The South African government is prepared to intervene in the MTN Nigeria crisis if requested to do so.
Speaking at ITU World 2018 in Durban, Kwa-Zulu Natal this week, SA's Minister of Telecommunications and Postal Services Siyabonga Cwele said, "If they need our help, we will get in touch with our counterpart in Nigeria, but at this level they did not ask for our intervention. We are waiting for their call."
It would not be the first time the SA government has intervened in the company's operations in Nigeria.
In March 2016, ITWeb Africa reported the US$ 5.2 billion fine slammed on MTN by the Nigerian Communications Commission (NCC) was the focus of a meeting between Nigeria's President Muhammadu Buhari, and his former South African counterpart Jacob Zuma who visited Nigeria's capital city of Abuja.
Following the intervention, Nigeria reduced the fine imposed to US$1.65 billion.
Disagreement with CBN
The Association of Telecoms Companies of Nigeria (ATCON) has also revealed its position regarding the dispute between MTN and Nigerian regulators, including the Central Bank of Nigeria (CBN).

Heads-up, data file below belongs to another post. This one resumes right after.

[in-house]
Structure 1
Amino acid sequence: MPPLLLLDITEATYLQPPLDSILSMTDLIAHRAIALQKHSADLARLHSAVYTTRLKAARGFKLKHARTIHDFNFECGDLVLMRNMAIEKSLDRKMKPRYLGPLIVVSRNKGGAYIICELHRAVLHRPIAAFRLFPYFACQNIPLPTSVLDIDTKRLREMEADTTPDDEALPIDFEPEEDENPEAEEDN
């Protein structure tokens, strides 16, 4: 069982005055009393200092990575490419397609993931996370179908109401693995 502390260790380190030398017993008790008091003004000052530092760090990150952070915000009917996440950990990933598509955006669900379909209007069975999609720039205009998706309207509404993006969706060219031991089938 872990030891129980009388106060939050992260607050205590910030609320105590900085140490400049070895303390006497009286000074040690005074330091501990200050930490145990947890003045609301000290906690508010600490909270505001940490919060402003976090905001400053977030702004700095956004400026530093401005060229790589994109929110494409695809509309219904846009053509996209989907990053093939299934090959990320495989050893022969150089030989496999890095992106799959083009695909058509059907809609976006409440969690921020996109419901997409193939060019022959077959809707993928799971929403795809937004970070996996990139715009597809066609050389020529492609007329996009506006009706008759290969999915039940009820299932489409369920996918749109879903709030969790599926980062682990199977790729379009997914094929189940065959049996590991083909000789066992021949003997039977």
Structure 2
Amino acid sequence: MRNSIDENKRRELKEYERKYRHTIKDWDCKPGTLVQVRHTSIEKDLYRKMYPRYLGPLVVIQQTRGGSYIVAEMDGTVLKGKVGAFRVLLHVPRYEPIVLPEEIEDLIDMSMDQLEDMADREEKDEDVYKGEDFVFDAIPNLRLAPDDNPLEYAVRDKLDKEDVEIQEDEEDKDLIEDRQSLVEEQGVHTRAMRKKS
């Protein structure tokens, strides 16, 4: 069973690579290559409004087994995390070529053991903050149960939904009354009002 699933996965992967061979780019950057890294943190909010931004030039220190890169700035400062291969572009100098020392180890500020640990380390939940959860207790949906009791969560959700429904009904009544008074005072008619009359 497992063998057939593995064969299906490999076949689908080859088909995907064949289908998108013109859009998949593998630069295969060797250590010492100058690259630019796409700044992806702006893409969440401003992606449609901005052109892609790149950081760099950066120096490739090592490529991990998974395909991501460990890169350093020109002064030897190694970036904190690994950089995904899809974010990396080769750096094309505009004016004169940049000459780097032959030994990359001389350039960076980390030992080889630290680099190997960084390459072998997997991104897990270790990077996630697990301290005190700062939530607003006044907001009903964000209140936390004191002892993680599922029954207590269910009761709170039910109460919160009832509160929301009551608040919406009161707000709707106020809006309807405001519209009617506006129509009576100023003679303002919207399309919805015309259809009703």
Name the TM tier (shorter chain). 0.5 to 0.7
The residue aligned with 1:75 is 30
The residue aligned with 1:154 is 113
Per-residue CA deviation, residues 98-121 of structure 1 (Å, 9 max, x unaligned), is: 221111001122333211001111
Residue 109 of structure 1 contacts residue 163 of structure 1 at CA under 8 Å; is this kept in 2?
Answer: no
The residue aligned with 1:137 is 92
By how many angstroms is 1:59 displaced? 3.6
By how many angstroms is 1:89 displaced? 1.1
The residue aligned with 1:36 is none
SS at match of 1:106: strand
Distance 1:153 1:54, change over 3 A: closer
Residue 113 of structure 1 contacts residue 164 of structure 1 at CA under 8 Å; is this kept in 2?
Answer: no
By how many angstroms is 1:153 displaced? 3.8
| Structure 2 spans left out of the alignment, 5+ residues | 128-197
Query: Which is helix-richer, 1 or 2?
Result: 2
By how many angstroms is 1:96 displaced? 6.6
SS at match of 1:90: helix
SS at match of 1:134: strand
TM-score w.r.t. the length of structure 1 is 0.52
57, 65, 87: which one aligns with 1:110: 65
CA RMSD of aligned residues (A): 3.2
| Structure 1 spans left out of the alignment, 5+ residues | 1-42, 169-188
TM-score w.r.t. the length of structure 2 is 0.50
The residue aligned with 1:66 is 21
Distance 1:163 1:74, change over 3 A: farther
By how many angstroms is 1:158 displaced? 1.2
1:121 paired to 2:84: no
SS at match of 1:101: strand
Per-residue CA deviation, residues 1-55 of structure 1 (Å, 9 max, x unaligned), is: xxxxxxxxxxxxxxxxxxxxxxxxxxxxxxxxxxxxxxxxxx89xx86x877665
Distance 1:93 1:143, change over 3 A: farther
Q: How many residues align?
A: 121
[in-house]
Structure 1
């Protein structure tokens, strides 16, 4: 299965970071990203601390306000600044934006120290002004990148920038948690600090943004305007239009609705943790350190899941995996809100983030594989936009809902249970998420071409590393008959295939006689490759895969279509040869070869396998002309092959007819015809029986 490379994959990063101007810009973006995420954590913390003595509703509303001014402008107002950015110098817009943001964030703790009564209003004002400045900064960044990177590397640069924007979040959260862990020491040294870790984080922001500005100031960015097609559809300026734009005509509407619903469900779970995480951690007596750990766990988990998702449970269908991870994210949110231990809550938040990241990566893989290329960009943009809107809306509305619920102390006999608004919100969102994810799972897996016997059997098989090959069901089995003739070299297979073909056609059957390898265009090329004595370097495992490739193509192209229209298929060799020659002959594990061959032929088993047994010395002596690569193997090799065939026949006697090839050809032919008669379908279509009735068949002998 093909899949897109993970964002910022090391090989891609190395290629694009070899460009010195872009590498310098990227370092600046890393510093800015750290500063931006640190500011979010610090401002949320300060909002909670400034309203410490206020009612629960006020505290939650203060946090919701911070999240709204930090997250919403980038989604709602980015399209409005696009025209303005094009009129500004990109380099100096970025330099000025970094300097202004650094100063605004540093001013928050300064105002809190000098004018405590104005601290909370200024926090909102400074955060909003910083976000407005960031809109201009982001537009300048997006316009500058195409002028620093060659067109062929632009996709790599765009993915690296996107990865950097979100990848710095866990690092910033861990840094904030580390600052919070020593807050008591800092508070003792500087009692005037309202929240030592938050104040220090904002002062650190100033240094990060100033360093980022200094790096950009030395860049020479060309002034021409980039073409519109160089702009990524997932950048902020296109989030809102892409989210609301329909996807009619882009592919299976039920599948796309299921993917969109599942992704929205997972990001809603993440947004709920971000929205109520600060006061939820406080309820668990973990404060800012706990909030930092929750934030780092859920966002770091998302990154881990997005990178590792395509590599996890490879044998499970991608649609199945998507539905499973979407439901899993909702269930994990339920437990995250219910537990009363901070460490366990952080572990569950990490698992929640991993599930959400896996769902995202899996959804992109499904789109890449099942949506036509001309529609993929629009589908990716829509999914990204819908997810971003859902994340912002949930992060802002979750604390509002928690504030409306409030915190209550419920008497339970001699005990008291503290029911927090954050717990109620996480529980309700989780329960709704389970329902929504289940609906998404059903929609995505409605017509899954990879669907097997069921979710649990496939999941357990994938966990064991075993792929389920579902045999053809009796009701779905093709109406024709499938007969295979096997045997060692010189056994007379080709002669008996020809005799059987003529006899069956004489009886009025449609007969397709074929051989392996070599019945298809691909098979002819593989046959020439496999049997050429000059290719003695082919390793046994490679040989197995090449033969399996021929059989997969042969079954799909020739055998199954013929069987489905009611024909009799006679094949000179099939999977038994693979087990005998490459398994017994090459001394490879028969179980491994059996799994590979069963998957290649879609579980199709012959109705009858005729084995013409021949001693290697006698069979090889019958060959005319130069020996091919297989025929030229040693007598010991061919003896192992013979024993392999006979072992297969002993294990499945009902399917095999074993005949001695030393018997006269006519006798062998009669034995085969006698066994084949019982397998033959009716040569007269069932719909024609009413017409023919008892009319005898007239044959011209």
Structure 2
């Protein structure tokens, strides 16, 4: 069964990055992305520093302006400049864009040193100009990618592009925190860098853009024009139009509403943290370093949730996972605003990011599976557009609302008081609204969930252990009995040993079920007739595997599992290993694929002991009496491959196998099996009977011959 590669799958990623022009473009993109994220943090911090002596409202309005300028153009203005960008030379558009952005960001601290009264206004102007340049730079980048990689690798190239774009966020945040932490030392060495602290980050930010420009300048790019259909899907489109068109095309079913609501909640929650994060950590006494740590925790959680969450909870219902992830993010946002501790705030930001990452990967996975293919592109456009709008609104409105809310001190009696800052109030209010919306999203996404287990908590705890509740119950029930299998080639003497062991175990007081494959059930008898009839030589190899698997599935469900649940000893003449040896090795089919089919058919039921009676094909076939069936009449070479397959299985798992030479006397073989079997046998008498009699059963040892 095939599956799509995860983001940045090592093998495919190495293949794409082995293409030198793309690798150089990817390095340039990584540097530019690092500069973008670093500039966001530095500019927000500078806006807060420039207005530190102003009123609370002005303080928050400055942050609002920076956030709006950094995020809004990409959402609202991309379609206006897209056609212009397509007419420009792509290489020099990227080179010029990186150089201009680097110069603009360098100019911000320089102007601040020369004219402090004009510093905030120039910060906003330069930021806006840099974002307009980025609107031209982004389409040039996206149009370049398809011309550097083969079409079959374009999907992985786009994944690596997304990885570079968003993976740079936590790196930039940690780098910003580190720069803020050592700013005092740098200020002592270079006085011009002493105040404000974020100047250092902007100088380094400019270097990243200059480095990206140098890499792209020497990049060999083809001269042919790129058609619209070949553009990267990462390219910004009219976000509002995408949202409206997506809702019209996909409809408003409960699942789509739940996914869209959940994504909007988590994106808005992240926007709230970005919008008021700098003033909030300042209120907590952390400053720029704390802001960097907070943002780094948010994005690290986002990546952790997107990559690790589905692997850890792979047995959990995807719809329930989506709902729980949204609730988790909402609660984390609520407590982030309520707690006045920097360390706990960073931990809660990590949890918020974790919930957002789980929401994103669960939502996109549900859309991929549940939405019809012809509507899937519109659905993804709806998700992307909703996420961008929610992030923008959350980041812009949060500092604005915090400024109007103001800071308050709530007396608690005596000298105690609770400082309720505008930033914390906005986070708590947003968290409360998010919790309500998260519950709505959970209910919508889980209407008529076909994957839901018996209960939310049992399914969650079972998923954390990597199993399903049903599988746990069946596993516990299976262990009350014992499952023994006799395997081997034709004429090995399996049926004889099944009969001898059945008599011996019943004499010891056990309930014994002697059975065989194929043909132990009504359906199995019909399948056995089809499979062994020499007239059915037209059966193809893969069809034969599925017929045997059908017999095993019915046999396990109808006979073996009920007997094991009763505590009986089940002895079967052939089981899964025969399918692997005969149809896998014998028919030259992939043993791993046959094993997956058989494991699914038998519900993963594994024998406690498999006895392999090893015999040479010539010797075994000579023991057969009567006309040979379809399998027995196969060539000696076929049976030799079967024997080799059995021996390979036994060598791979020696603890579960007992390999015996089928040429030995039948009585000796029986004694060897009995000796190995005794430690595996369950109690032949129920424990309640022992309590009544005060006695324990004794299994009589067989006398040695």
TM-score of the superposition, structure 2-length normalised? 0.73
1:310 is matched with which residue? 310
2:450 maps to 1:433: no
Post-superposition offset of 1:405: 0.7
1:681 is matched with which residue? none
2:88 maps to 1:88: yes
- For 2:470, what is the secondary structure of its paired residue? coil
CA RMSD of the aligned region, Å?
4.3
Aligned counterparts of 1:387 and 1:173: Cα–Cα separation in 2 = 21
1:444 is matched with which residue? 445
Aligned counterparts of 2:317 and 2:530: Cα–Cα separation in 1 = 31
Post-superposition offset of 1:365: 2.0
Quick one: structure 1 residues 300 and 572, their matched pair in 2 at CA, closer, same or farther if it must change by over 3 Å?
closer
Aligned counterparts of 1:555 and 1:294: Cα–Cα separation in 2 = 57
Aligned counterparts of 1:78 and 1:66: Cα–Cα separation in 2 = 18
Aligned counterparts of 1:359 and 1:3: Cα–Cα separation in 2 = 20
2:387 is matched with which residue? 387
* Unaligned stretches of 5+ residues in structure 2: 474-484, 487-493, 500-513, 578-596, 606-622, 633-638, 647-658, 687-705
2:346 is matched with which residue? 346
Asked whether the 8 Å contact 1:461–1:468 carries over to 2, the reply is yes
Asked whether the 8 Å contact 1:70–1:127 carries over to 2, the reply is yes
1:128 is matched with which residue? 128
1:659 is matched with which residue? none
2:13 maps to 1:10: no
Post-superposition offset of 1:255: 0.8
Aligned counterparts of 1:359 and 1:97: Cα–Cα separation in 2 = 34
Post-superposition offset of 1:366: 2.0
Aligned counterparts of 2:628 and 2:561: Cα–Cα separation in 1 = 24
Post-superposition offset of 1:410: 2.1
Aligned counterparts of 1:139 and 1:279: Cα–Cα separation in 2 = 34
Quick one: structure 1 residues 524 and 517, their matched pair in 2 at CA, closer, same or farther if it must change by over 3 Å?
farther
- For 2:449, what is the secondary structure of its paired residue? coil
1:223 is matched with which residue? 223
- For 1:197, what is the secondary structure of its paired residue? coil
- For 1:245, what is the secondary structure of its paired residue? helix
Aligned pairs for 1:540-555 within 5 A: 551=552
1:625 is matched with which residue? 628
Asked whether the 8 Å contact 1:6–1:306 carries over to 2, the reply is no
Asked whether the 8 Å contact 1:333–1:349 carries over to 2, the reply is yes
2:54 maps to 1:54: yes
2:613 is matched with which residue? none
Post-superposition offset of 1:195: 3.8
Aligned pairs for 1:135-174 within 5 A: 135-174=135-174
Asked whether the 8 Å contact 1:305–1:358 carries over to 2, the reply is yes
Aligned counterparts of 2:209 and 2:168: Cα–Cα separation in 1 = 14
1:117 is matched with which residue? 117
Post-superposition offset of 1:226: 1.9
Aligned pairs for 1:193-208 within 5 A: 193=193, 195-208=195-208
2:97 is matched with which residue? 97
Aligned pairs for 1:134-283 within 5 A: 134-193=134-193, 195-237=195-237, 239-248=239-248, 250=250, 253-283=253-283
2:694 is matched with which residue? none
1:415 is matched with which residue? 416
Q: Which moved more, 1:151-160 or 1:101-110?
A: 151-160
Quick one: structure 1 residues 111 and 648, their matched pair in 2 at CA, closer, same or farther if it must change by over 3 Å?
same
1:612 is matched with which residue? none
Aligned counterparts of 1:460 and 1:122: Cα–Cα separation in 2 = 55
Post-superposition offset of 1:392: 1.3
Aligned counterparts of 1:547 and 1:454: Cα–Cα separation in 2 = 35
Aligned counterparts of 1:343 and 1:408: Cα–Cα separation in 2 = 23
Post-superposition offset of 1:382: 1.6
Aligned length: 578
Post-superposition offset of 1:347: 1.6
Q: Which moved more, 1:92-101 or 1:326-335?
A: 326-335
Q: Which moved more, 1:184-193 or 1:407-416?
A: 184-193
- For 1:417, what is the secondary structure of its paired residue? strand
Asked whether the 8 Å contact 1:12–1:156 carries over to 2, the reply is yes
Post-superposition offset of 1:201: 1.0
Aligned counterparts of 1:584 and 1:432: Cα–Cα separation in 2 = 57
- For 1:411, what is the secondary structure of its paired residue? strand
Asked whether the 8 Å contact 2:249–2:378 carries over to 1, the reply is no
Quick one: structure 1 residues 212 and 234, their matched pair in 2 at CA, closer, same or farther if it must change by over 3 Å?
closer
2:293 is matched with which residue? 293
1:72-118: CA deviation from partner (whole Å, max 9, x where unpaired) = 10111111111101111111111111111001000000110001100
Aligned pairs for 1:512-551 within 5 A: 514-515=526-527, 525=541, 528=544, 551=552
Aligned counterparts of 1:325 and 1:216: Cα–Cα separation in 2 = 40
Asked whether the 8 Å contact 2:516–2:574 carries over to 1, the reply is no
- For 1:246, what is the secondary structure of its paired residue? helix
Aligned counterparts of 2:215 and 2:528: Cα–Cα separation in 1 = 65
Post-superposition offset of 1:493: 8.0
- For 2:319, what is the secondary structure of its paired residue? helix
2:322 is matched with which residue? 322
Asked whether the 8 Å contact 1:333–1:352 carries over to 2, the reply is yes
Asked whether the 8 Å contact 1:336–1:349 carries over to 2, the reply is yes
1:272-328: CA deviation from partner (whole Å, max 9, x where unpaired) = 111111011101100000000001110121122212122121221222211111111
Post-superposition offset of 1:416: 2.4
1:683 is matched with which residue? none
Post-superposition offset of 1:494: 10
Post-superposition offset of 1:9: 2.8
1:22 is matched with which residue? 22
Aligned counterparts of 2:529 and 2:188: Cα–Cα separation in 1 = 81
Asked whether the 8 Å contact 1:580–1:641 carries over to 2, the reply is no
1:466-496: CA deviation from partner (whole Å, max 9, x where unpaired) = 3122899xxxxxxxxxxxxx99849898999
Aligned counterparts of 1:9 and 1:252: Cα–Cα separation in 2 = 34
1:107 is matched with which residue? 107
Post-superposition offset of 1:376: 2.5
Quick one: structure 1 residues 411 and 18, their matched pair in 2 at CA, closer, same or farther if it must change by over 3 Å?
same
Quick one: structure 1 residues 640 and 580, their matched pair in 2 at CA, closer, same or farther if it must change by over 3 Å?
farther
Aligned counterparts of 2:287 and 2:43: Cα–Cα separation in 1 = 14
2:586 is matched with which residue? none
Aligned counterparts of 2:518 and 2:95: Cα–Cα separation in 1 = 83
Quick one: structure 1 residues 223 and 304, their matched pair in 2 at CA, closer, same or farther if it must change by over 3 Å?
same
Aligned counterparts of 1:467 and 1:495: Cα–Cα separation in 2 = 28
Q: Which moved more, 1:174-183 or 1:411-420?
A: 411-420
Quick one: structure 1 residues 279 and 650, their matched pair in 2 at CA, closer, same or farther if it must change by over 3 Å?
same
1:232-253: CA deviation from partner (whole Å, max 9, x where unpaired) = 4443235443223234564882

In a statement, ATCON declared the finance sector regulator does not have the power to order MTN Nigeria to refund US$8.1billion it repatriated out of Nigeria.
President of ATCON, Olusola Teniola, said CBN does not have regulatory oversight over MTN, while the money does not belong to CBN either.
The organisation called for clarity, transparency and continued dialogue among all parties to allay the fears of potential investors.
"A refund is very unlikely. The size of the demand and timing is unreasonable and not in the interest of the country. After all, the Naira equivalent will have to be returned to MTN Nigeria. It is then an interesting situation that this seeks to redress events that occurred when CBN had full oversight and approved the transactions. How do they intend to do that?" Teniola said.
"This I believe is a matter that should be in between the banks and CBN and not the client of the banks. NCC may decide to intervene if events unfold that threaten the survival of MTN and the telecom industry that they regulate. For now, it is too early to see which way this will take."
In Durban, MTN Group's CEO Rob Shuter refused to comment on the ongoing dispute.